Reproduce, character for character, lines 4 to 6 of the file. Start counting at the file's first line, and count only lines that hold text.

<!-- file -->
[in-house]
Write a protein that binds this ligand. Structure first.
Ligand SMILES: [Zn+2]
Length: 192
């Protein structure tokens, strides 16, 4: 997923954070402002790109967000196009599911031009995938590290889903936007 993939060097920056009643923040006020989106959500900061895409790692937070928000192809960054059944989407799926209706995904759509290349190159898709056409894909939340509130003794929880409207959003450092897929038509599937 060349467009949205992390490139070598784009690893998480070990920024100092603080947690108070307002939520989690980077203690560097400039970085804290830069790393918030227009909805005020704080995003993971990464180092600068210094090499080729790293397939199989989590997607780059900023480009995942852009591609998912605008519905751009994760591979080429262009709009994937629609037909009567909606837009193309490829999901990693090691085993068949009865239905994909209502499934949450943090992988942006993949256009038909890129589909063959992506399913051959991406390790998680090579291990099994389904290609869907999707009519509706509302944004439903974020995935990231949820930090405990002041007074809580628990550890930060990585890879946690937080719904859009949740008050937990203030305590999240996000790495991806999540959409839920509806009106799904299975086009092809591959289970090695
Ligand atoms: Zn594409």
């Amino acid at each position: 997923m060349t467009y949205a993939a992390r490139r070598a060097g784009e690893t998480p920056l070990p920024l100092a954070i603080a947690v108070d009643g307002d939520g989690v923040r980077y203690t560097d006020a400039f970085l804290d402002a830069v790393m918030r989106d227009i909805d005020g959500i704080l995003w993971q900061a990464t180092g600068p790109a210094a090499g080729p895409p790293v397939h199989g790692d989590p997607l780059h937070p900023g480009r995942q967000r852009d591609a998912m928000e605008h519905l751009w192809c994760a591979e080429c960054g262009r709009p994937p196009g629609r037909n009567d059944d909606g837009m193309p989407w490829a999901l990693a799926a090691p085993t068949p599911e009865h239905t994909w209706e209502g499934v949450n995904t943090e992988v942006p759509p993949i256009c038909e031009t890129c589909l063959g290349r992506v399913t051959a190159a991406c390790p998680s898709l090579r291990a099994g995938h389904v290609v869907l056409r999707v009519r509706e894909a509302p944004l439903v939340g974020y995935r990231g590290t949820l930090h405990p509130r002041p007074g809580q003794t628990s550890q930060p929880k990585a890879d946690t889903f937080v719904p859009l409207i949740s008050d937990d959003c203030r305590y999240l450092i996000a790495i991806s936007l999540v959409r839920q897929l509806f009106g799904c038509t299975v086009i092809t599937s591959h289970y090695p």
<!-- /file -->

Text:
Length: 192
């Protein structure tokens, strides 16, 4: 997923954070402002790109967000196009599911031009995938590290889903936007 993939060097920056009643923040006020989106959500900061895409790692937070928000192809960054059944989407799926209706995904759509290349190159898709056409894909939340509130003794929880409207959003450092897929038509599937 060349467009949205992390490139070598784009690893998480070990920024100092603080947690108070307002939520989690980077203690560097400039970085804290830069790393918030227009909805005020704080995003993971990464180092600068210094090499080729790293397939199989989590997607780059900023480009995942852009591609998912605008519905751009994760591979080429262009709009994937629609037909009567909606837009193309490829999901990693090691085993068949009865239905994909209502499934949450943090992988942006993949256009038909890129589909063959992506399913051959991406390790998680090579291990099994389904290609869907999707009519509706509302944004439903974020995935990231949820930090405990002041007074809580628990550890930060990585890879946690937080719904859009949740008050937990203030305590999240996000790495991806999540959409839920509806009106799904299975086009092809591959289970090695
Ligand atoms: Zn594409």